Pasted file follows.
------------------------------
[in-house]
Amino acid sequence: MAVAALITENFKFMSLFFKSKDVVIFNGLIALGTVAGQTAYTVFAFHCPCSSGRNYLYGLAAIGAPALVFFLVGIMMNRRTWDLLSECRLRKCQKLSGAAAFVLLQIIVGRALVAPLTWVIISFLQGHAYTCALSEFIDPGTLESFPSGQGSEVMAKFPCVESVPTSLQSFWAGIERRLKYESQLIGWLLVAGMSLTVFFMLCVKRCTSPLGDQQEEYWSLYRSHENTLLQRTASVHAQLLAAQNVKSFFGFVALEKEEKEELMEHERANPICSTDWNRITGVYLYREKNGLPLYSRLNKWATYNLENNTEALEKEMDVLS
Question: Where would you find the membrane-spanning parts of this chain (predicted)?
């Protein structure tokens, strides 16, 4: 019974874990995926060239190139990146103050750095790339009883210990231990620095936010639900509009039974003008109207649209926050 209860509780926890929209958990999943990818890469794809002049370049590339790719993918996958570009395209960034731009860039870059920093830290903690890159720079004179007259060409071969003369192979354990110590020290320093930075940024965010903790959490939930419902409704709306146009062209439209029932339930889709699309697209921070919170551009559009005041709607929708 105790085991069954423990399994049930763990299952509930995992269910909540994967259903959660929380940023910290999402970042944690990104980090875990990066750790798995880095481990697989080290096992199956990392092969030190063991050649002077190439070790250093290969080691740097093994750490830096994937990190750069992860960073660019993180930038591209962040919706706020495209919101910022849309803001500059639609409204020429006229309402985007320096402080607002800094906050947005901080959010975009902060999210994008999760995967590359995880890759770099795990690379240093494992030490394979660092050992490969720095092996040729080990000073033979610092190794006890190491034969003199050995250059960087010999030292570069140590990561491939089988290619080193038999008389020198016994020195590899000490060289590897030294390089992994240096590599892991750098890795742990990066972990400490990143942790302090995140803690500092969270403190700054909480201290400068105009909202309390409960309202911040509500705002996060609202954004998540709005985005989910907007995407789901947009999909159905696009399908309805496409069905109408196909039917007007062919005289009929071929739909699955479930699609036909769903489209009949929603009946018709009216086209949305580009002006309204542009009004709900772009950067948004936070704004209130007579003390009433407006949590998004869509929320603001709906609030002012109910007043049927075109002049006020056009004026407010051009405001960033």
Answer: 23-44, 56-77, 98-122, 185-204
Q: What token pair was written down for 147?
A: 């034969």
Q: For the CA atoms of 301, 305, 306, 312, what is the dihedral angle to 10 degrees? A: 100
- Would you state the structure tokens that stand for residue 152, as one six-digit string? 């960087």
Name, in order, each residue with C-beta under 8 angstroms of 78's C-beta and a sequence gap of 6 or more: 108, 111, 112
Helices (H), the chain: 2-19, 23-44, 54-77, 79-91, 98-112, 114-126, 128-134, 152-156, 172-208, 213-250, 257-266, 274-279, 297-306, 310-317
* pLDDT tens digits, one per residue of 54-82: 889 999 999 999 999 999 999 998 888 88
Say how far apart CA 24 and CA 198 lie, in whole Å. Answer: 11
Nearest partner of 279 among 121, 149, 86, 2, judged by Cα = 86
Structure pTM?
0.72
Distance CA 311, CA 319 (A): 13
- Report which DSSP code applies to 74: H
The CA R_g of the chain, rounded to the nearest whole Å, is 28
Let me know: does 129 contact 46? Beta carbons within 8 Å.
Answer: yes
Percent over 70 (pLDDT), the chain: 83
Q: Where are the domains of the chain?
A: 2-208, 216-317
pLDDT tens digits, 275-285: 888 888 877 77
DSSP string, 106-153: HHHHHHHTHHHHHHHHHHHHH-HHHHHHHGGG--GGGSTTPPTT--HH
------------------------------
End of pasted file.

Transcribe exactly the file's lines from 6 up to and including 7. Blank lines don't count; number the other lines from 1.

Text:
Q: What token pair was written down for 147?
A: 């034969």